The male mallard, or drake, has a green head that is translucent in the sun. They have a white ring around their neck, an greenish-yellowish colored bill, dark reddish chest, and gray body. Females are mottled brown with a black line through the eye, and an orange bill with brown splotches. Both have a blue with white border patch on the tailing edge of wing. When immature, the male and female mallards look similar. Before winter, ducklings shed their feathers and grow new ones that are the feathers of their adult gender. Juveniles have brown outer feathers, while all adults have white ones.
Worn feather are replaced twice a year, in the spring or early summer, after breeding and in the fall. Body feathers are molted twice, while the wing feathers are only shed once a year. The wing colors are always the same.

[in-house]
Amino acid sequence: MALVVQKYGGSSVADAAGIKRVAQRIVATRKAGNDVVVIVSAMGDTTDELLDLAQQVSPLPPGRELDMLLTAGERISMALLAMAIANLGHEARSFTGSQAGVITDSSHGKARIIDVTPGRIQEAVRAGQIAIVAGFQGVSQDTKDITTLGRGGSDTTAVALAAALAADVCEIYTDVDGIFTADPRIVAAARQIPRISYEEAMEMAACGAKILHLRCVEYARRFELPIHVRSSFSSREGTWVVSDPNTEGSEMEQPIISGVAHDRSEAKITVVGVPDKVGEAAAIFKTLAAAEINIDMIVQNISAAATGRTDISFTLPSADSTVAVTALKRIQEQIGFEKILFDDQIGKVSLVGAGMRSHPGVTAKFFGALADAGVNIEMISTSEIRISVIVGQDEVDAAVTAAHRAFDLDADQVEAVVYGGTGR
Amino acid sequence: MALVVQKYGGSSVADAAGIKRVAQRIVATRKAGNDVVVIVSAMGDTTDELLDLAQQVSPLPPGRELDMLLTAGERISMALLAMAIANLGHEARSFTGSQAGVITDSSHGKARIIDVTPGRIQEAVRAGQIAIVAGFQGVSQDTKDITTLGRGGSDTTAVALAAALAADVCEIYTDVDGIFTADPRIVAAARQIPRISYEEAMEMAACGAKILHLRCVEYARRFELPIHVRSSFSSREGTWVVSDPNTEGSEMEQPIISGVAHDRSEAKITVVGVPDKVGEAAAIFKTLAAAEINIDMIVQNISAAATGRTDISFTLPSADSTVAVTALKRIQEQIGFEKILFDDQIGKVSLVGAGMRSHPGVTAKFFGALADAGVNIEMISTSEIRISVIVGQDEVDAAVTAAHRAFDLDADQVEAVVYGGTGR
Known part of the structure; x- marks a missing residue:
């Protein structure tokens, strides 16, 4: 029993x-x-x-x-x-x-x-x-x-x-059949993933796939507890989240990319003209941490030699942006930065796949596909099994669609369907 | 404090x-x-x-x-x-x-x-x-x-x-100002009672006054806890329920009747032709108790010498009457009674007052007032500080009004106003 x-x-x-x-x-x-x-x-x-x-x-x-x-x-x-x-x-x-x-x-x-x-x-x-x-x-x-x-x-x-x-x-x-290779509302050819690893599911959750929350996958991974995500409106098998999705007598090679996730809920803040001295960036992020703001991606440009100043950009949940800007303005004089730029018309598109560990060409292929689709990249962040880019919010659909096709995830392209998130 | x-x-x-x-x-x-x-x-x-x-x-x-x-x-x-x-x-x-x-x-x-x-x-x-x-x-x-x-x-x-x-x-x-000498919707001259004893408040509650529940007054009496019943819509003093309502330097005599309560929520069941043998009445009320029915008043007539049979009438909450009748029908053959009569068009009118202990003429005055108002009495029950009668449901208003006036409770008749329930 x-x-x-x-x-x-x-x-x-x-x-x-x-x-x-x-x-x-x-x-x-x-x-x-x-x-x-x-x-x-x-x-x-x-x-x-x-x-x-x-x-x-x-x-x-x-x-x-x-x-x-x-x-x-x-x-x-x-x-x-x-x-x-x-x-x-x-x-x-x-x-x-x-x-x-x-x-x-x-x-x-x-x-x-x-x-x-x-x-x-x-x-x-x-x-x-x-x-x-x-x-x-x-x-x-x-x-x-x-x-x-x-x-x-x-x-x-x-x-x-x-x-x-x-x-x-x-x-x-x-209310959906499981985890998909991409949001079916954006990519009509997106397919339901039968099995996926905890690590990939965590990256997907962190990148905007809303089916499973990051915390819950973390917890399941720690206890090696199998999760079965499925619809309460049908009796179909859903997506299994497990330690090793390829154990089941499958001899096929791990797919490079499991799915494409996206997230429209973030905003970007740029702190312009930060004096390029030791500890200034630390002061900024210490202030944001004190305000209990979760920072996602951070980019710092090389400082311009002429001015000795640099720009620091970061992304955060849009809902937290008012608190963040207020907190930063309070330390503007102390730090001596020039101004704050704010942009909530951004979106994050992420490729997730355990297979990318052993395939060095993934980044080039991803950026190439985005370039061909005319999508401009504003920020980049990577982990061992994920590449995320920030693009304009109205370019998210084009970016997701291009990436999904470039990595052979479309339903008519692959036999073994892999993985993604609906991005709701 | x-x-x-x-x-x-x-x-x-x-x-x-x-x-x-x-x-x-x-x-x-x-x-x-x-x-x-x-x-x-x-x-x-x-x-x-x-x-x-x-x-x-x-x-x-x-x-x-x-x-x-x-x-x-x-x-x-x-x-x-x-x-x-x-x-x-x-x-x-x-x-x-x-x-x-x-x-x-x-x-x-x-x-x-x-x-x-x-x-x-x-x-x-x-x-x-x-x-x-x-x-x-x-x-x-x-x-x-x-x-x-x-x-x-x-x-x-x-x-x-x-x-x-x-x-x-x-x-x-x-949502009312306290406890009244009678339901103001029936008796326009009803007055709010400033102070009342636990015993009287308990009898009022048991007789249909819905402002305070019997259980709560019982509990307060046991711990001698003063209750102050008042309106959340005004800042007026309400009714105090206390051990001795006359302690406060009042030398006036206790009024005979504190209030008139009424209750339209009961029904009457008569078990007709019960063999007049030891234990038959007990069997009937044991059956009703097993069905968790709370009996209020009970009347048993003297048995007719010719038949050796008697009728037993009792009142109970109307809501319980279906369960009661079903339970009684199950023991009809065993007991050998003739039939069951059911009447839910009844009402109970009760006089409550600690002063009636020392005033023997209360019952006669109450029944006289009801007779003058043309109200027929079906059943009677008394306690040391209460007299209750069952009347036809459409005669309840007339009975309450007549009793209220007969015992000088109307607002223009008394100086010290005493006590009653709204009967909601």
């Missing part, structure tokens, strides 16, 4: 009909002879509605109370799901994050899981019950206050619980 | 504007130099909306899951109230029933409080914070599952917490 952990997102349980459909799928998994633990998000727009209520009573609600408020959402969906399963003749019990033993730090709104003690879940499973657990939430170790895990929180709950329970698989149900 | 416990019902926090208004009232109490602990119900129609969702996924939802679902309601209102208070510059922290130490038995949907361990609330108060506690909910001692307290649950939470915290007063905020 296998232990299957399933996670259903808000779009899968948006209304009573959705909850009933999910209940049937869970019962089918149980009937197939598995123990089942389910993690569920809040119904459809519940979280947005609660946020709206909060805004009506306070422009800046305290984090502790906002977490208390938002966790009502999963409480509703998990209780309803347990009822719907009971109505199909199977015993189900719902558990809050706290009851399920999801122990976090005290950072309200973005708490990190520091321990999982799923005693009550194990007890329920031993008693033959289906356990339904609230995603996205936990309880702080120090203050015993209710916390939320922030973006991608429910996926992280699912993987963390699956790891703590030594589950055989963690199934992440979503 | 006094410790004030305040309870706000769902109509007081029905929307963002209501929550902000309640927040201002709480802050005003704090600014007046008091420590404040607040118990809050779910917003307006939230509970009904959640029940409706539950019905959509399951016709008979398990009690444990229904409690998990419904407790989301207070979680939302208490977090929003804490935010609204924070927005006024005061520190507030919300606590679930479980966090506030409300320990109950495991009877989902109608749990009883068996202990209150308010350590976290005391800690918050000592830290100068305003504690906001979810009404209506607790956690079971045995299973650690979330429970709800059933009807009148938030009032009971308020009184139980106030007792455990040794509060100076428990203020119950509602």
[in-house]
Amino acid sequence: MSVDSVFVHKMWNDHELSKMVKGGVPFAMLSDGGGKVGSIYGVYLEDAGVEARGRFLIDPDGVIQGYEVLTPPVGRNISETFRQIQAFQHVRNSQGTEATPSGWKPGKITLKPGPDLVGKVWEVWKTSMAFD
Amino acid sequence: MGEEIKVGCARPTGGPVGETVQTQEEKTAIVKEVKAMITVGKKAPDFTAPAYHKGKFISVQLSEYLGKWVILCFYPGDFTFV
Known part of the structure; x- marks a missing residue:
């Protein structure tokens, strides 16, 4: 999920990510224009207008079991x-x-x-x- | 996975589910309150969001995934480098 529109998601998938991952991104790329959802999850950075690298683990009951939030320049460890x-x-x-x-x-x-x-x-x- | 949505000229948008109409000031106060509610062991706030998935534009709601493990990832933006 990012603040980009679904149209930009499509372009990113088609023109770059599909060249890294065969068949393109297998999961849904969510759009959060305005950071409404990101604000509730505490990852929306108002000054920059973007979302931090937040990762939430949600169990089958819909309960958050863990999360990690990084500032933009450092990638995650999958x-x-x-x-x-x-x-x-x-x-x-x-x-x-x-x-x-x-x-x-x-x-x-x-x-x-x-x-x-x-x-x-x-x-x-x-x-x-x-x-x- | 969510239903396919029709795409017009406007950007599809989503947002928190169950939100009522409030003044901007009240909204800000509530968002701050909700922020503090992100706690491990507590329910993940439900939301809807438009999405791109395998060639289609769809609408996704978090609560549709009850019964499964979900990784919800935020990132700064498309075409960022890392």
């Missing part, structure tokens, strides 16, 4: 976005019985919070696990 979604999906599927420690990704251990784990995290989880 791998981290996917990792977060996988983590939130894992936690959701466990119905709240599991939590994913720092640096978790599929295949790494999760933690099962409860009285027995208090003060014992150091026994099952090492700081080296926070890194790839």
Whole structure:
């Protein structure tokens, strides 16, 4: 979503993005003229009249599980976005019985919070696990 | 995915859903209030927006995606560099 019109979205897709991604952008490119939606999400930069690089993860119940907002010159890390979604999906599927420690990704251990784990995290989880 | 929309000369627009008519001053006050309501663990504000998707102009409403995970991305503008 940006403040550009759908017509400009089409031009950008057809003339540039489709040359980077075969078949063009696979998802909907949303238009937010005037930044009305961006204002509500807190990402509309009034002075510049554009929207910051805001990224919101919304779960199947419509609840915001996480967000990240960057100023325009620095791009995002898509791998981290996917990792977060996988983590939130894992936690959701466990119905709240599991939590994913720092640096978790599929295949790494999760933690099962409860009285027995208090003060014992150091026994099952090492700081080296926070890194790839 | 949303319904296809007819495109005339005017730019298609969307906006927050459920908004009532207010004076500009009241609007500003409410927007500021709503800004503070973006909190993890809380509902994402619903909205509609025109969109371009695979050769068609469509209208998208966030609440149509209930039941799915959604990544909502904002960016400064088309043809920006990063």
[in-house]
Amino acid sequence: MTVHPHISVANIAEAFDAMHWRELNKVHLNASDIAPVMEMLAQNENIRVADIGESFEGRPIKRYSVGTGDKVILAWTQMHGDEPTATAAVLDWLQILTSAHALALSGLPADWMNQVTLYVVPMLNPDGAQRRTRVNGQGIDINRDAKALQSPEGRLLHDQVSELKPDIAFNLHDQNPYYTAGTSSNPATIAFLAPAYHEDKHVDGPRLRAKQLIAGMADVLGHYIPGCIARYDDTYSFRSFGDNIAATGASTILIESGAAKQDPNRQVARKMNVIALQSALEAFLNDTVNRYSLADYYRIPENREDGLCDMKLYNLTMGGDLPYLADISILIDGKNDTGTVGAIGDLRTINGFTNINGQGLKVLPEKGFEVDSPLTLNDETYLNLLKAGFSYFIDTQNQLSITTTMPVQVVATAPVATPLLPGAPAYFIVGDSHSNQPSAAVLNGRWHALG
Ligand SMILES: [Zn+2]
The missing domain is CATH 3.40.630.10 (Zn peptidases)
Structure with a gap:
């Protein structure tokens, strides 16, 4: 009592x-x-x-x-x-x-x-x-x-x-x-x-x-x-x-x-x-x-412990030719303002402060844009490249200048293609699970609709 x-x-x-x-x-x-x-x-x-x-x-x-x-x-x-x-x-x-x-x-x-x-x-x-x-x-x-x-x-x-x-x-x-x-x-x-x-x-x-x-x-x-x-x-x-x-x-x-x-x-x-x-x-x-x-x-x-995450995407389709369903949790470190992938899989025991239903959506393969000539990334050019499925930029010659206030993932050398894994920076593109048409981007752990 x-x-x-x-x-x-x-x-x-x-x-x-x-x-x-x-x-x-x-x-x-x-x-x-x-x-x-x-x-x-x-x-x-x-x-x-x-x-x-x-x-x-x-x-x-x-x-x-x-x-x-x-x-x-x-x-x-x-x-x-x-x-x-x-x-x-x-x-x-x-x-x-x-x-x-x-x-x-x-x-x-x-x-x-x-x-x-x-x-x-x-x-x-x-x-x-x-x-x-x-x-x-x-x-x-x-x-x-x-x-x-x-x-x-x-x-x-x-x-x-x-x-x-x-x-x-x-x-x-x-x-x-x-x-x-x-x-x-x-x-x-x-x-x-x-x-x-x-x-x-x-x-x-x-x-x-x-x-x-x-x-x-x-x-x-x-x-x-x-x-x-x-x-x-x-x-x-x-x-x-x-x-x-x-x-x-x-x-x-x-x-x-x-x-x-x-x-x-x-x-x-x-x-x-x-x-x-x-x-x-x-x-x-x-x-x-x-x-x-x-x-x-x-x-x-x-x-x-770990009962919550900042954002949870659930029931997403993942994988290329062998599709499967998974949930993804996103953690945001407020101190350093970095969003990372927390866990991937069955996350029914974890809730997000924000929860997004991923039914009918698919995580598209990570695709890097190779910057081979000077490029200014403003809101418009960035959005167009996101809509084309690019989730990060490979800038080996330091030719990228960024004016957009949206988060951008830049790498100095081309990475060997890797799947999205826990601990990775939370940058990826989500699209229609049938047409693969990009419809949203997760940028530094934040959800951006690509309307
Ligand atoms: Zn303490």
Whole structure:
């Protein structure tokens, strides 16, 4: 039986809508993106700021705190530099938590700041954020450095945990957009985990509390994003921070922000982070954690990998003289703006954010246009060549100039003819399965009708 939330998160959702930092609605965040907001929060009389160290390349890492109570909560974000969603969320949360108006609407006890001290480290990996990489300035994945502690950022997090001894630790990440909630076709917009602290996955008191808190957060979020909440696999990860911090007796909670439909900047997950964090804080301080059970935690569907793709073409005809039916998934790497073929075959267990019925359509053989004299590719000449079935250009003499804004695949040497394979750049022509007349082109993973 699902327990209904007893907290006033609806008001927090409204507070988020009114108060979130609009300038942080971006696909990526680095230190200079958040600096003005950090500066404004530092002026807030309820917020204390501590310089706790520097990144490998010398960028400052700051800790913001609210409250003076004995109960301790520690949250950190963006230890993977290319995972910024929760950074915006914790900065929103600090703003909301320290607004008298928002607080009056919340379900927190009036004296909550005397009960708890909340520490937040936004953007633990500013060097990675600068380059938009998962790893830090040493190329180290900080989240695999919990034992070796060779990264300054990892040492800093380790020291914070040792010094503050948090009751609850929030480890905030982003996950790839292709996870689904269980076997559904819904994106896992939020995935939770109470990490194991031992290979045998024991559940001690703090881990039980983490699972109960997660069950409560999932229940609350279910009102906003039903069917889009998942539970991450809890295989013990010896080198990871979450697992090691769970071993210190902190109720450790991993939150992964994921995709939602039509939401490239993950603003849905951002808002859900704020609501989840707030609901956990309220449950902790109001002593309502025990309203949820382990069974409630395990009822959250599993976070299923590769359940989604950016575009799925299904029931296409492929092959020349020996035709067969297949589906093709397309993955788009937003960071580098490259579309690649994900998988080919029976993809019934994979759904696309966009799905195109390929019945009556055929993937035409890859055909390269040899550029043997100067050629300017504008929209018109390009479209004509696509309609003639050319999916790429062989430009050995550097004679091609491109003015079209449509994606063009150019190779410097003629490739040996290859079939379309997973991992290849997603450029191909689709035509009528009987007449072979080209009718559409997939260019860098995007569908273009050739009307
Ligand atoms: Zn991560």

In the spring or early summer, after the females lay eggs, males will shed their bright green feathers and grow brown ones, similar to the female. The spring molt is a partial loss of feather when breeding season ends, they are flightless for a couple of weeks. While they look like the females, the male bill is still greenish. This is called their eclipse plumage.
The fall molt is the loss and replacement of all feathers in a short period of time. They are usually flightless during this time as well and the basic adult plumage emerges. This occurs before the next breeding season. Females molt have they finish raising their ducklings. Their colors are always the same.
Read more about mallards here: DUCK PONDS IN THE LATE FALL